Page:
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The Bragadoccio

Today. I saw something on Twitter, which caught my attention. I must admit I’ve become a real user of Twitter a lot over the years. I’ve stopped reading newspapers, which is bad for the newspaper industry, but I’m fond of Twitter, I don’t participate in it much, but I like to read it. I also find it’s a great aggregator of all the news that’s going on. Just don’t get too wrapped up in it.

However, there was this tweet that came through this morning. It was a beauty, and it was regarding Trump’s estranged niece in her new book, where she depicts a man trained in deception and braggadocio, by a distant and dysfunctional father. I just loved that word “braggadocio.” It sounds Italian. I mean, it’s got an Italian ending, and if you actually look at what it means according to the dictionary, braggadocio means boastful or arrogant behaviour. That word always resonated with me.

My mother used to use it. When I was a kid, I can always remember her saying to me. “Peter, pride comes before a fall.” To be honest with you. I think that held me back a little.

When I was young, I was too scared to put my head up and get knocked down because this pride was always going to come right before a fall, but I understood, and I understood a little later that what she was saying. It was “be aware of being arrogant.” There’s nothing wrong with being proud. There’s nothing wrong with being proud of your achievements, but it was the arrogance that you had to watch out for. Of course, if you have been around long enough, you tend to see popular culture trends, come and go and come back go again, with a slightly different twist.

It wasn’t easy to accept my mother’s advice when observing the great Cassius Clay as I was growing up. When he was young and was brash, arrogant, and confident, I think at the time I thought, “Yeah, he’s got pride, but a fall is coming.” And obviously once he became Muhammad Ali, he really showed his conviction and wouldn’t go to the war, he was prepared to go to jail and was prepared to lose his title and win it back. You realise that the man stood for something. Maybe all that false bravado of being the greatest was actually part of an act, whereas deep down, he was a really nice guy. So the greatest as he was called, and till his death, he was still known as the greatest.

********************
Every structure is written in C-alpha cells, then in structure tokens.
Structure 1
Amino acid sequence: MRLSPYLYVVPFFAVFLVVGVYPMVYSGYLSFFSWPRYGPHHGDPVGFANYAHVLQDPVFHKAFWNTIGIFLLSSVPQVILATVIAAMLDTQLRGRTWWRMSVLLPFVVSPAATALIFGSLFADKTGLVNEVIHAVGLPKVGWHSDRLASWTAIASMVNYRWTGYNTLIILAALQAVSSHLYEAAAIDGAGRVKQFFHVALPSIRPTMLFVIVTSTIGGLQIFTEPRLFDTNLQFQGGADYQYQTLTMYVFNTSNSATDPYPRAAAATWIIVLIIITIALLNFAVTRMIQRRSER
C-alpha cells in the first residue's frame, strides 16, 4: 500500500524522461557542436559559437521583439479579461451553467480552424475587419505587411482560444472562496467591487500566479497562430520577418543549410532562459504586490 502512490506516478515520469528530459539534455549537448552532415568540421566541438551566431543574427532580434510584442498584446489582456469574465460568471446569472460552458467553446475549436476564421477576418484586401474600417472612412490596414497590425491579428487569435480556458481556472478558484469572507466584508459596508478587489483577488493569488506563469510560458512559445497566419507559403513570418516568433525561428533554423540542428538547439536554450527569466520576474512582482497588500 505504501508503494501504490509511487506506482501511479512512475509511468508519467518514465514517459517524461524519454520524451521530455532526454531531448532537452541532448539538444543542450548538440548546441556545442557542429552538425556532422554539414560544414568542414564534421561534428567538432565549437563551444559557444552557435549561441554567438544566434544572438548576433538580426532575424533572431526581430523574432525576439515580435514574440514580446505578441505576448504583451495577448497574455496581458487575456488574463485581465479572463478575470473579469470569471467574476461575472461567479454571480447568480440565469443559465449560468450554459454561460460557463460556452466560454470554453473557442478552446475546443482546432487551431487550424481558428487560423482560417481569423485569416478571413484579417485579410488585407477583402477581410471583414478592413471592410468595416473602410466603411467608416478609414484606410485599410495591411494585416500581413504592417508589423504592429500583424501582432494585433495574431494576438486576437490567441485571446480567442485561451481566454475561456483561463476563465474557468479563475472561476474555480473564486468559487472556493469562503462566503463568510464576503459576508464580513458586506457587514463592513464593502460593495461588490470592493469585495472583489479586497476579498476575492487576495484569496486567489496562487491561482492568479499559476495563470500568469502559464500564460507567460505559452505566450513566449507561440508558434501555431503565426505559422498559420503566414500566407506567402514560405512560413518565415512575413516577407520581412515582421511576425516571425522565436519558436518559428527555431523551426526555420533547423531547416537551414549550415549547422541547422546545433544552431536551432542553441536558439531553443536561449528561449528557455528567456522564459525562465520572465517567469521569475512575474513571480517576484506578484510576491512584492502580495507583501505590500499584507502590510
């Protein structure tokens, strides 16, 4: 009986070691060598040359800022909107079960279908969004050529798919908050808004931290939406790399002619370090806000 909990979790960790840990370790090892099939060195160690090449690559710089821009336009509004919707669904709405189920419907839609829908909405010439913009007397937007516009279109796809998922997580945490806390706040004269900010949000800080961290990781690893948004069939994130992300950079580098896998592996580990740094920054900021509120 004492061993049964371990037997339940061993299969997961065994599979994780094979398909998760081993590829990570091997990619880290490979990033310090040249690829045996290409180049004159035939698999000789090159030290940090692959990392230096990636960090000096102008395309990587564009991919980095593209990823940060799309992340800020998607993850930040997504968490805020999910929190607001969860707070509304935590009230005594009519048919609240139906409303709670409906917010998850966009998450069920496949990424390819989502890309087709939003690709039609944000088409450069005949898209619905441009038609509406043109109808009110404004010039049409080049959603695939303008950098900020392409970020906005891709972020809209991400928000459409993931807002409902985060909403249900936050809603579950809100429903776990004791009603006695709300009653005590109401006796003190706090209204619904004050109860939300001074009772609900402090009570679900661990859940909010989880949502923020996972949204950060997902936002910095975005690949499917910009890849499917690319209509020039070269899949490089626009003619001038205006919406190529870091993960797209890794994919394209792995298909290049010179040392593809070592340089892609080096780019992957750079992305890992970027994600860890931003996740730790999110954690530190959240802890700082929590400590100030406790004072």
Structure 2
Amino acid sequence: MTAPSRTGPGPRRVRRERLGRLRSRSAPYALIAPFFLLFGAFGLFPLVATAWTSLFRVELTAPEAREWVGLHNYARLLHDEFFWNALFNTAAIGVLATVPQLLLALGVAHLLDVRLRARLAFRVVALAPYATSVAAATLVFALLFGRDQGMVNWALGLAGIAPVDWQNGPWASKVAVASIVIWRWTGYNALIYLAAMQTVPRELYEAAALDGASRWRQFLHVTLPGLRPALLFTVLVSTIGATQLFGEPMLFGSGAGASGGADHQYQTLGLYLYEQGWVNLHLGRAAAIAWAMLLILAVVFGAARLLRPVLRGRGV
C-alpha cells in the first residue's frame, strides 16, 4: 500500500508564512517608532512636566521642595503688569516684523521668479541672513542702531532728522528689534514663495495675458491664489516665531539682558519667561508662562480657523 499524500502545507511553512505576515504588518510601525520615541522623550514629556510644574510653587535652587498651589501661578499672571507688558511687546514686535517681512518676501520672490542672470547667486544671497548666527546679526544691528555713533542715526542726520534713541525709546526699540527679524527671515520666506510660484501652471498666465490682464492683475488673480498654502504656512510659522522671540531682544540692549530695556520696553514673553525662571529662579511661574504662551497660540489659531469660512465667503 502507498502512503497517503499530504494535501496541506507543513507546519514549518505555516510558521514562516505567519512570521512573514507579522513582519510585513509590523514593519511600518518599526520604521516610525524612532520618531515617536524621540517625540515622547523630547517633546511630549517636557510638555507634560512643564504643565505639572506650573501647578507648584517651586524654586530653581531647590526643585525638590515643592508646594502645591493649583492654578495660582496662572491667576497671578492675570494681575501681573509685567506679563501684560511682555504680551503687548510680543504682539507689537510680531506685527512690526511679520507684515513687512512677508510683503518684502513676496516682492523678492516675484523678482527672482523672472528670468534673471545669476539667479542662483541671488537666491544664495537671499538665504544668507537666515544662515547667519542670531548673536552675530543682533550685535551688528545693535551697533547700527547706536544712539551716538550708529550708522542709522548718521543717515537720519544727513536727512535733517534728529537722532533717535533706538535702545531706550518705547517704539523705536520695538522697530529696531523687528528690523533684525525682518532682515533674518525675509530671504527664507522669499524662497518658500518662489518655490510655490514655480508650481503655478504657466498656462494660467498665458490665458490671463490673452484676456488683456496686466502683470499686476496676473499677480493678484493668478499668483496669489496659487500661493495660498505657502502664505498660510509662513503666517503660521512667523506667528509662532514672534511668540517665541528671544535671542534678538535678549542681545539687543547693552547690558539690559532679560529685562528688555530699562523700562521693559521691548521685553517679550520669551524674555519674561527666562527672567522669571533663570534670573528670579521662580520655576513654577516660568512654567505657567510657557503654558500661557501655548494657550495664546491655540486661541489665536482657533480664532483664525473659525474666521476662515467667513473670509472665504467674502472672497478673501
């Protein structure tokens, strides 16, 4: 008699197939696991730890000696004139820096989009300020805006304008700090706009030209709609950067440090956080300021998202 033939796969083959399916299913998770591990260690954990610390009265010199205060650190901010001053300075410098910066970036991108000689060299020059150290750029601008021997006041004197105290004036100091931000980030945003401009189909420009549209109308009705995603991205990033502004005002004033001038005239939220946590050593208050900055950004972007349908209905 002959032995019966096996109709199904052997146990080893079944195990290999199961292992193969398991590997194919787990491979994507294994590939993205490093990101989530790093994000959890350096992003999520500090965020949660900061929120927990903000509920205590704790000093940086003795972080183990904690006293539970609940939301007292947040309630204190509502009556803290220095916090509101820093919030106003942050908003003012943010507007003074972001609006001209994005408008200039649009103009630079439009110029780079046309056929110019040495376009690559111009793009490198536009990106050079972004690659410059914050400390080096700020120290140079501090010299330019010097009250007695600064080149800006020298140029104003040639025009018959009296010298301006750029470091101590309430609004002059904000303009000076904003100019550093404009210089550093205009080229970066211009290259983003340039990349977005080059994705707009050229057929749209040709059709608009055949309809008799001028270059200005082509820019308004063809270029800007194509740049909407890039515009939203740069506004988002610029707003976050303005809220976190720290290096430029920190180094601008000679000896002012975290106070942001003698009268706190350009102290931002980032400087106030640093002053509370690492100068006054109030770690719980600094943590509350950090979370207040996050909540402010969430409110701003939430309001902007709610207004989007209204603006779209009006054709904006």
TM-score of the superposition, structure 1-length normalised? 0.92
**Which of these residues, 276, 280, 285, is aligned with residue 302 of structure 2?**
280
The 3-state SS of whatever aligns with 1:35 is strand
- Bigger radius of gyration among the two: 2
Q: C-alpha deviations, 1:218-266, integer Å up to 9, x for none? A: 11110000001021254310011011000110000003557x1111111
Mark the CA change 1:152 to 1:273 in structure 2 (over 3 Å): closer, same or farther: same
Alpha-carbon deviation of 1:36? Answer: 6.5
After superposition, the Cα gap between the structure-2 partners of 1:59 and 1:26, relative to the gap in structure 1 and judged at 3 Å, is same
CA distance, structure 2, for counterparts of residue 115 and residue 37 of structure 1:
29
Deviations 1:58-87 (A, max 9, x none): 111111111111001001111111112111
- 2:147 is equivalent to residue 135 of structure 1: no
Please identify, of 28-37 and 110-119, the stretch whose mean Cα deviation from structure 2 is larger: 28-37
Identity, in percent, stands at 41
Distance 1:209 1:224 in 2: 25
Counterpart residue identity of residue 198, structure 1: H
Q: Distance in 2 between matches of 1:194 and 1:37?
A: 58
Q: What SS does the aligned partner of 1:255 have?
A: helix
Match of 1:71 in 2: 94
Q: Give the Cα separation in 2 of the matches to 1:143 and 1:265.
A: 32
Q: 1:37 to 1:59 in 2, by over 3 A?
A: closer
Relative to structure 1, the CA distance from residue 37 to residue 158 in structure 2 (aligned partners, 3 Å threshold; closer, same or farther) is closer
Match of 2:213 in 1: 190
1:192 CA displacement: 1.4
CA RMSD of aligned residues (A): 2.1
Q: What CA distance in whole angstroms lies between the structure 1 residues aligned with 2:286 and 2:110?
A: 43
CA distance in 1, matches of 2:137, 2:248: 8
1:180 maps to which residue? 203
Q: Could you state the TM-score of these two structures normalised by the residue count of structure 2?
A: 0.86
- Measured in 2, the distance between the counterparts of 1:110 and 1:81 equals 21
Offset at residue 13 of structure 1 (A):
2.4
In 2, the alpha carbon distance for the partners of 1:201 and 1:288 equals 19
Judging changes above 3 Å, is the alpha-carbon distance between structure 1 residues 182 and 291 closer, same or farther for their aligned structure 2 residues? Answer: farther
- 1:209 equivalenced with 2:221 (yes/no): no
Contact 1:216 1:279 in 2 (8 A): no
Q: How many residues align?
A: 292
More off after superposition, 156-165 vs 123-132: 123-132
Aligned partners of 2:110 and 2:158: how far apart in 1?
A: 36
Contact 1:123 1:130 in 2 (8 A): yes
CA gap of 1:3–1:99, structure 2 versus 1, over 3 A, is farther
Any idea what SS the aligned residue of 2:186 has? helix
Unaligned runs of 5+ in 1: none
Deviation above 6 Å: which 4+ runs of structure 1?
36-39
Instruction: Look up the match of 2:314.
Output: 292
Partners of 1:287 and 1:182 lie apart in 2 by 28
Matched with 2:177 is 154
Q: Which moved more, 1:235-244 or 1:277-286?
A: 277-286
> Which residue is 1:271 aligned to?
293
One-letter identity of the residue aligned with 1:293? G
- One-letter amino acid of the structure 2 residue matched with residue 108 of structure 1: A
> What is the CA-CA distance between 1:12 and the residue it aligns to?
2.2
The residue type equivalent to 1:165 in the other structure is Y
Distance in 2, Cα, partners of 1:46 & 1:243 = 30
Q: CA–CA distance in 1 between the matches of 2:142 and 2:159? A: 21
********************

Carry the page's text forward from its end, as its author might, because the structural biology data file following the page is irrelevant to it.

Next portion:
Flick forward to the 1980’s, and that was the time of Gordon Gekko and “greed is good”. At that point, I suppose you could say that in popular culture, the tilt wasn’t too far away. And in my mother’s eyes, Gordon Gecko would have been someone that she would have said “there’s a braggadocio.” And then this guys pride was definitely going to come before a fall and of course, as the movie would have it that’s exactly what happened.

Then came the period when super model Naomi Campbell started to exhibit the most arrogant behaviour, where she was convicted and almost went to jail for throwing a phone at her personal assistant.

It was at about that point that the world got tired of “braggadocio.” The world had had enough of being too arrogant and to the point that one would be a celebrity if they started helping others. Mother Theresa and Princess Diana for example were celebrated during that whole period.

Being nice to people became the accepted norm. If you think about it, perhaps particularly Princess Diana got as much exposure, and got as much opportunity as any previous braggadocio. But you could see there was goodness in their hearts.

However, then came 2000, and all of a sudden arrogance came back into vogue The Kardashians and a number of others; greed was becoming good, arrogance was becoming good, being noticed was becoming good, being extreme was becoming good, being opinionated was becoming good again the list goes on and on. Trumpism, as we know, it started to appear and being extremist started being normalised

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